4

The problem that I started out with were those straight lines at the end of paths decorated with snake or coil, which I wanted to get rid of. I found a very nice solution here for the wavy line: https://tex.stackexchange.com/a/29645/36900

The problem that I am facing now, however, is when I apply this decoration to curved paths:

\documentclass{article}
\usepackage{tikz}
\usetikzlibrary{decorations.pathmorphing}
\usetikzlibrary{decorations.markings}

\pgfdeclaredecoration{complete sines}{initial}
{
    \state{initial}[
        width=+0pt,
        next state=sine,
        persistent precomputation={\pgfmathsetmacro\matchinglength{
            \pgfdecoratedinputsegmentlength / round(\pgfdecoratedinputsegmentlength/\pgfdecorationsegmentlength)}
            \setlength{\pgfdecorationsegmentlength}{\matchinglength pt}
        }] {}
    \state{sine}[width=\pgfdecorationsegmentlength]{
        \pgfpathsine{\pgfpoint{0.25\pgfdecorationsegmentlength}{\pgfdecorationsegmentamplitude}}
        \pgfpathcosine{\pgfpoint{0.25\pgfdecorationsegmentlength}{-\pgfdecorationsegmentamplitude}}
        \pgfpathsine{\pgfpoint{0.25\pgfdecorationsegmentlength}{-\pgfdecorationsegmentamplitude}}
        \pgfpathcosine{\pgfpoint{0.25\pgfdecorationsegmentlength}{\pgfdecorationsegmentamplitude}}
}
    \state{final}{}
}

\begin{document}

\begin{tikzpicture}[line width=1. pt]

        \draw[decorate, decoration={snake}] 
        (3,-3) arc (180:-90:1);
        \draw[line width=0.3pt]
        (3,-3) arc (180:-90:1);

        \draw[decorate,decoration={complete sines}] 
        (4,1) arc (180:-90:1);
        \draw[line width=0.3pt]
        (4,1) arc (180:-90:1);

      \end{tikzpicture}

\end{document}

enter image description here

One clearly sees how these "decoration segments" are simply rotated and put behind one another resulting in a finite displacement with respect to the initial path, due the finite width of the pattern that is repeated.

I was wondering if there is the possibility to decorate a path "continuously". If I could specify the xy-displacement (x showing tangential to the initial path) of each point along the initial path like this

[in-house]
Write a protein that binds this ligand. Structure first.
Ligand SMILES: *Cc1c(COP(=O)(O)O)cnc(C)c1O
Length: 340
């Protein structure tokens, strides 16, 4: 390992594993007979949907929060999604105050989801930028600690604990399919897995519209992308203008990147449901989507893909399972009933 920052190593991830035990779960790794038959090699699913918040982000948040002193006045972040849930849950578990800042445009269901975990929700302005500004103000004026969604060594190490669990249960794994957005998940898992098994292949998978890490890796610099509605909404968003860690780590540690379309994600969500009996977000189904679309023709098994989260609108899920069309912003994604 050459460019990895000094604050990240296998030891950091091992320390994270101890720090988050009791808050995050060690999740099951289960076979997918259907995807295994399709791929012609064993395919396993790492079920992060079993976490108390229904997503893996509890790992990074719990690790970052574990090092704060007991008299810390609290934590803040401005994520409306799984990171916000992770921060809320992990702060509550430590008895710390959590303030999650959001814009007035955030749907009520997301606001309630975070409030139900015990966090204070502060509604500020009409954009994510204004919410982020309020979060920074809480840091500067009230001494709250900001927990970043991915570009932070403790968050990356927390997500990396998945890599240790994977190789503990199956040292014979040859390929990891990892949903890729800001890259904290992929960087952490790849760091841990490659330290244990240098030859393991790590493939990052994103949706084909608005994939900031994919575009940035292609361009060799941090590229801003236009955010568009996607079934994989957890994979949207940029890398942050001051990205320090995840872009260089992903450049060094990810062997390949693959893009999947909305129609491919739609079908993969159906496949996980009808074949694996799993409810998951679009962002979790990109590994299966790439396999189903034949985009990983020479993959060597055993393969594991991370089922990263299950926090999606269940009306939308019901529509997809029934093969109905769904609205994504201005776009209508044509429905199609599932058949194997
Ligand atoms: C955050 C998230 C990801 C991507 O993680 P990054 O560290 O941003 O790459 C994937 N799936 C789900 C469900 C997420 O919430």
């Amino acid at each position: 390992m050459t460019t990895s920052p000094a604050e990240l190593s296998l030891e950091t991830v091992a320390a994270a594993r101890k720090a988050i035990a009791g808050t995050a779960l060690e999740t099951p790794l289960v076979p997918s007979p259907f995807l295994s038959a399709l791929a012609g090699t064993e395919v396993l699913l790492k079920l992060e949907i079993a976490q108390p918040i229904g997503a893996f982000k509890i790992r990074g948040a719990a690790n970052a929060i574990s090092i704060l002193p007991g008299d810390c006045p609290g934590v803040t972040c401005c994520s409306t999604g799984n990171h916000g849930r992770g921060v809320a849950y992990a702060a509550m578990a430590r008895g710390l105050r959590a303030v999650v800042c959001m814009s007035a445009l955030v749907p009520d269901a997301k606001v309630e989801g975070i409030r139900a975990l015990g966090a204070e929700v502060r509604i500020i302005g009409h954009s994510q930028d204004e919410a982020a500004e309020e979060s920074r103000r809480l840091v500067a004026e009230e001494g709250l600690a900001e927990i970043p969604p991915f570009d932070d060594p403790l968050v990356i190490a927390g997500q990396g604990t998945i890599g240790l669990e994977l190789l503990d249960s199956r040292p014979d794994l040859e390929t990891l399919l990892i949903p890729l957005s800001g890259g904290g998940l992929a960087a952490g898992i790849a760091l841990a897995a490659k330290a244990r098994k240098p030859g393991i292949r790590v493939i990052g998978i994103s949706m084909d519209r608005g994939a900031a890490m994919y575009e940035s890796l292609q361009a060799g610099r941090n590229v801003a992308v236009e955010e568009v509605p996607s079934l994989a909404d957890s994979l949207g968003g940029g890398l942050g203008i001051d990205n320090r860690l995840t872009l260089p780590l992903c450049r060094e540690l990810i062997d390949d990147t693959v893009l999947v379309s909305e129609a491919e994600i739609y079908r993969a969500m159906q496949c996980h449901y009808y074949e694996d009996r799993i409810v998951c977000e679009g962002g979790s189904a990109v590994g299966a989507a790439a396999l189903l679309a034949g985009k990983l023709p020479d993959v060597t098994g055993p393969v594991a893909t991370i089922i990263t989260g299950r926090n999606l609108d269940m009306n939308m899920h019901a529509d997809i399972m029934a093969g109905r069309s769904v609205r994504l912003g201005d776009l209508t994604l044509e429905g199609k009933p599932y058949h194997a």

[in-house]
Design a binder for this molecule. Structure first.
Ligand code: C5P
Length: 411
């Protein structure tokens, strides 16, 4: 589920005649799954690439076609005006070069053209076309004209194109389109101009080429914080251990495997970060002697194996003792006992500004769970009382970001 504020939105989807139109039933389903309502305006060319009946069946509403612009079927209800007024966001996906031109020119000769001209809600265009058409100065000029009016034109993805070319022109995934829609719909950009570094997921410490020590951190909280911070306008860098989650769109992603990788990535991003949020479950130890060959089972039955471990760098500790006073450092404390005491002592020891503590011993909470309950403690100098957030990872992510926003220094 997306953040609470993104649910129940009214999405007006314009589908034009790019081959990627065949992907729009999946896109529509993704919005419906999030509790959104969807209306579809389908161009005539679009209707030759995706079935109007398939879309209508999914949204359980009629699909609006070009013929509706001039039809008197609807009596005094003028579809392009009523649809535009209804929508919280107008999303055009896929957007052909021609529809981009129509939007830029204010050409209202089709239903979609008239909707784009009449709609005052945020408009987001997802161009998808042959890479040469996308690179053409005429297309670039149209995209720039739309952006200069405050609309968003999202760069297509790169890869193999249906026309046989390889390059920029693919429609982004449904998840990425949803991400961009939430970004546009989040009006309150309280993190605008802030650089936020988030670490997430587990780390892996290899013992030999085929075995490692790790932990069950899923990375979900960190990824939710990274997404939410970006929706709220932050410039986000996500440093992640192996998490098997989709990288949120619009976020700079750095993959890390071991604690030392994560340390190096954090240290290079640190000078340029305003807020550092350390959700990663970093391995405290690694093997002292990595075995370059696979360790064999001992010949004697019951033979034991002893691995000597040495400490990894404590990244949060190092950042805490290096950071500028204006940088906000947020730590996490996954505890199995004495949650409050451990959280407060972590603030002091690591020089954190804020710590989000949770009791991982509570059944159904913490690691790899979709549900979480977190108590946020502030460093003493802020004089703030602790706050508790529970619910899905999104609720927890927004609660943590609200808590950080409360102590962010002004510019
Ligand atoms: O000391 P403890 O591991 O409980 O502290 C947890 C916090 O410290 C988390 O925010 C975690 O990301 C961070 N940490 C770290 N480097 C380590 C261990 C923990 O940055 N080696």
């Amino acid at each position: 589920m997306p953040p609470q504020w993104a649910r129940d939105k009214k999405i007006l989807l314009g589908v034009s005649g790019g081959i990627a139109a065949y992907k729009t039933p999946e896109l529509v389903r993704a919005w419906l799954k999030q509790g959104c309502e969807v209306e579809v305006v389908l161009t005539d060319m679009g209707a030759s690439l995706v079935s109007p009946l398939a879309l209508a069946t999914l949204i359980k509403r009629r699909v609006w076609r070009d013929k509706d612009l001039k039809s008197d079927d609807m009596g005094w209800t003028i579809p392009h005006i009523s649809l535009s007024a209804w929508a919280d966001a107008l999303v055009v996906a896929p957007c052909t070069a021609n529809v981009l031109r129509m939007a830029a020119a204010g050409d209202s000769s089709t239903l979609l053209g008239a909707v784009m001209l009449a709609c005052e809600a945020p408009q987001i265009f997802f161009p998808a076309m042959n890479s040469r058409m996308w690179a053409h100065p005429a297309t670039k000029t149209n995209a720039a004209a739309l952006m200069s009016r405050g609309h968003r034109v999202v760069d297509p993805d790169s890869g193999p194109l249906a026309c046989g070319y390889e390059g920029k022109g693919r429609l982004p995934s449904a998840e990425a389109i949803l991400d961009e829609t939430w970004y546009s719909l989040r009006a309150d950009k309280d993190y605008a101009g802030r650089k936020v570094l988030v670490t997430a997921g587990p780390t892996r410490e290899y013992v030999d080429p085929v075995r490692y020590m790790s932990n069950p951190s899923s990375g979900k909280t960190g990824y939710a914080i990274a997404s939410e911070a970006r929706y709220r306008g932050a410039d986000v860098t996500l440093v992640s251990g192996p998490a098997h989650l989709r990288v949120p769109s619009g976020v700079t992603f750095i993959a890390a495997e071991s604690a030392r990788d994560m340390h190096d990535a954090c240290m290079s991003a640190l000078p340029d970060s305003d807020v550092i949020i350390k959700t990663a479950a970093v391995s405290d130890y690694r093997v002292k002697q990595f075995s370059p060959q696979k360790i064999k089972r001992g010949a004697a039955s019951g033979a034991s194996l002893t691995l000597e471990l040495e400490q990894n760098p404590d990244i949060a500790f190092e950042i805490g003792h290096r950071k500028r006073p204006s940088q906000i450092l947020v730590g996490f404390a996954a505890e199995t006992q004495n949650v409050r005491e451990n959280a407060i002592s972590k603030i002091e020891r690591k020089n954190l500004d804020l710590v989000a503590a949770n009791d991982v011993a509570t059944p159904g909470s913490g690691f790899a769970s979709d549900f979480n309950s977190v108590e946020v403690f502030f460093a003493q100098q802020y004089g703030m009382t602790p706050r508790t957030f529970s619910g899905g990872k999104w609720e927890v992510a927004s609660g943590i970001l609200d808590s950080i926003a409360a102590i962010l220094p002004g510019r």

{0.}{\amplitude * sin(2*pi/\wavelength * \x)}

where \wavelength could be computed at the beginning as in the example above, and \x denotes the actual position along the initial path.

Superimposing an oscillation along the y-coordinate should also allow me to produce coils.

I guess one could define a decoration with segments of width 1pt but I thought that there must be a simpler solution.

  • 2
    I think How to draw a sine wave on a circular path will help you. – Qrrbrbirlbel Sep 20 '13 at 13:31
  • thanks for the reference. However, I don't see how I could apply this solution to an arbitrary curved path. The circle is easily parametrized analytically, so I get a functional form for the x and y coordinate depending on the domain-variable. For a general path I don't have such a parametrization... this is why I think a general solution would require the usage of path decorations. – nobody2100 Sep 20 '13 at 14:12
9

Not sure it's exactly what is required and it certainly has the risk of being quite slow. But the approach taken here is to essentially plot the sine function along the path.

There is a high possibility of some inaccuracies/ugliness at the very end of the path, due to the low accuracy of TeX. Some ugliness will also occur along paths with acute angles.

\documentclass[border=5pt]{standalone}
\usepackage{tikz}
\usetikzlibrary{decorations}

\tikzset{/pgf/decoration/.cd,
    number of sines/.initial=10,
    angle step/.initial=20,
}
\newdimen\tmpdimen
\pgfdeclaredecoration{complete sines}{initial}
{
    \state{initial}[
        width=+0pt,
        next state=move,
        persistent precomputation={
            \pgfmathparse{\pgfkeysvalueof{/pgf/decoration/angle step}}%
            \let\anglestep=\pgfmathresult%
            \let\currentangle=\pgfmathresult%
            \pgfmathsetlengthmacro{\pointsperanglestep}%
                {(\pgfdecoratedremainingdistance/\pgfkeysvalueof{/pgf/decoration/number of sines})/360*\anglestep}%
        }] {}
    \state{move}[width=+\pointsperanglestep, next state=draw]{
        \pgfpathmoveto{\pgfpointorigin}
    }
    \state{draw}[width=+\pointsperanglestep, switch if less than=1.25*\pointsperanglestep to final, % <- bit of a hack
        persistent postcomputation={
        \pgfmathparse{mod(\currentangle+\anglestep, 360)}%
        \let\currentangle=\pgfmathresult%
    }]{%
        \pgfmathsin{+\currentangle}%
        \tmpdimen=\pgfdecorationsegmentamplitude%
        \tmpdimen=\pgfmathresult\tmpdimen%
        \divide\tmpdimen by2\relax%
        \pgfpathlineto{\pgfqpoint{0pt}{\tmpdimen}}%
    }
    \state{final}{
        \ifdim\pgfdecoratedremainingdistance>0pt\relax
            \pgfpathlineto{\pgfpointdecoratedpathlast}
        \fi
   }
}

\begin{document}

\begin{tikzpicture}[
    sines/.style={
        very thick,
        line join=round, 
        draw=black, 
        decorate, 
        decoration={complete sines, number of sines=15, amplitude=5pt}
    }
]

  \draw [red, postaction={sines}] 
      (0,0) .. controls +(-1,1) and +(1,-1) .. (2,2);

  \draw [red, postaction={sines}] 
        (1,3) circle [radius=1];

\end{tikzpicture}

\end{document}

enter image description here

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